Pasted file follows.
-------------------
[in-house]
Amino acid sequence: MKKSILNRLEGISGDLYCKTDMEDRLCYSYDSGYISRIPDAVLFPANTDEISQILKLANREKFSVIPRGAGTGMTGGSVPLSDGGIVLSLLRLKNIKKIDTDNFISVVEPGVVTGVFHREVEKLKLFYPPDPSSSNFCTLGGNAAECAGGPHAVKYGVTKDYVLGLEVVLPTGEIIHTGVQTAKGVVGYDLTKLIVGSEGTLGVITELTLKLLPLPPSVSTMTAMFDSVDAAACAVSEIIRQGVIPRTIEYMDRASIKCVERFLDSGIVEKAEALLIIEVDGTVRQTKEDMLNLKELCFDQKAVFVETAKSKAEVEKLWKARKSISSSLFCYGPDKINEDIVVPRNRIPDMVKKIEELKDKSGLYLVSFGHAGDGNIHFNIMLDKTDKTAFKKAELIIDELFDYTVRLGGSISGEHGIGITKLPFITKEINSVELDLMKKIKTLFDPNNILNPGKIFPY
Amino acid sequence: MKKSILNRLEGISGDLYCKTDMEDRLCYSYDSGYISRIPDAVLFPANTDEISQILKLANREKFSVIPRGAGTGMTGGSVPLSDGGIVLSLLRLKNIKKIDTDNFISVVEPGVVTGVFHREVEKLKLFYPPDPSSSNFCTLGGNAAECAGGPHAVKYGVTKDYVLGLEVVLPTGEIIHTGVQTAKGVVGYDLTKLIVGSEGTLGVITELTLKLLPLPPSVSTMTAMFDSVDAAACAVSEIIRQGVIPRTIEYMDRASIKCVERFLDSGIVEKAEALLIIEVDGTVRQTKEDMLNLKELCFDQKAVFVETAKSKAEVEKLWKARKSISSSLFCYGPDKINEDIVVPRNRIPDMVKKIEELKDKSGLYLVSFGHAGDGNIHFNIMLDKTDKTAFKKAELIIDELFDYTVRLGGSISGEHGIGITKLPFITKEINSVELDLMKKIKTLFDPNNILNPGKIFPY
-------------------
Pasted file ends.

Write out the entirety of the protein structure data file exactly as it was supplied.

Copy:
[in-house]
Amino acid sequence: MKKSILNRLEGISGDLYCKTDMEDRLCYSYDSGYISRIPDAVLFPANTDEISQILKLANREKFSVIPRGAGTGMTGGSVPLSDGGIVLSLLRLKNIKKIDTDNFISVVEPGVVTGVFHREVEKLKLFYPPDPSSSNFCTLGGNAAECAGGPHAVKYGVTKDYVLGLEVVLPTGEIIHTGVQTAKGVVGYDLTKLIVGSEGTLGVITELTLKLLPLPPSVSTMTAMFDSVDAAACAVSEIIRQGVIPRTIEYMDRASIKCVERFLDSGIVEKAEALLIIEVDGTVRQTKEDMLNLKELCFDQKAVFVETAKSKAEVEKLWKARKSISSSLFCYGPDKINEDIVVPRNRIPDMVKKIEELKDKSGLYLVSFGHAGDGNIHFNIMLDKTDKTAFKKAELIIDELFDYTVRLGGSISGEHGIGITKLPFITKEINSVELDLMKKIKTLFDPNNILNPGKIFPY
Amino acid sequence: MKKSILNRLEGISGDLYCKTDMEDRLCYSYDSGYISRIPDAVLFPANTDEISQILKLANREKFSVIPRGAGTGMTGGSVPLSDGGIVLSLLRLKNIKKIDTDNFISVVEPGVVTGVFHREVEKLKLFYPPDPSSSNFCTLGGNAAECAGGPHAVKYGVTKDYVLGLEVVLPTGEIIHTGVQTAKGVVGYDLTKLIVGSEGTLGVITELTLKLLPLPPSVSTMTAMFDSVDAAACAVSEIIRQGVIPRTIEYMDRASIKCVERFLDSGIVEKAEALLIIEVDGTVRQTKEDMLNLKELCFDQKAVFVETAKSKAEVEKLWKARKSISSSLFCYGPDKINEDIVVPRNRIPDMVKKIEELKDKSGLYLVSFGHAGDGNIHFNIMLDKTDKTAFKKAELIIDELFDYTVRLGGSISGEHGIGITKLPFITKEINSVELDLMKKIKTLFDPNNILNPGKIFPY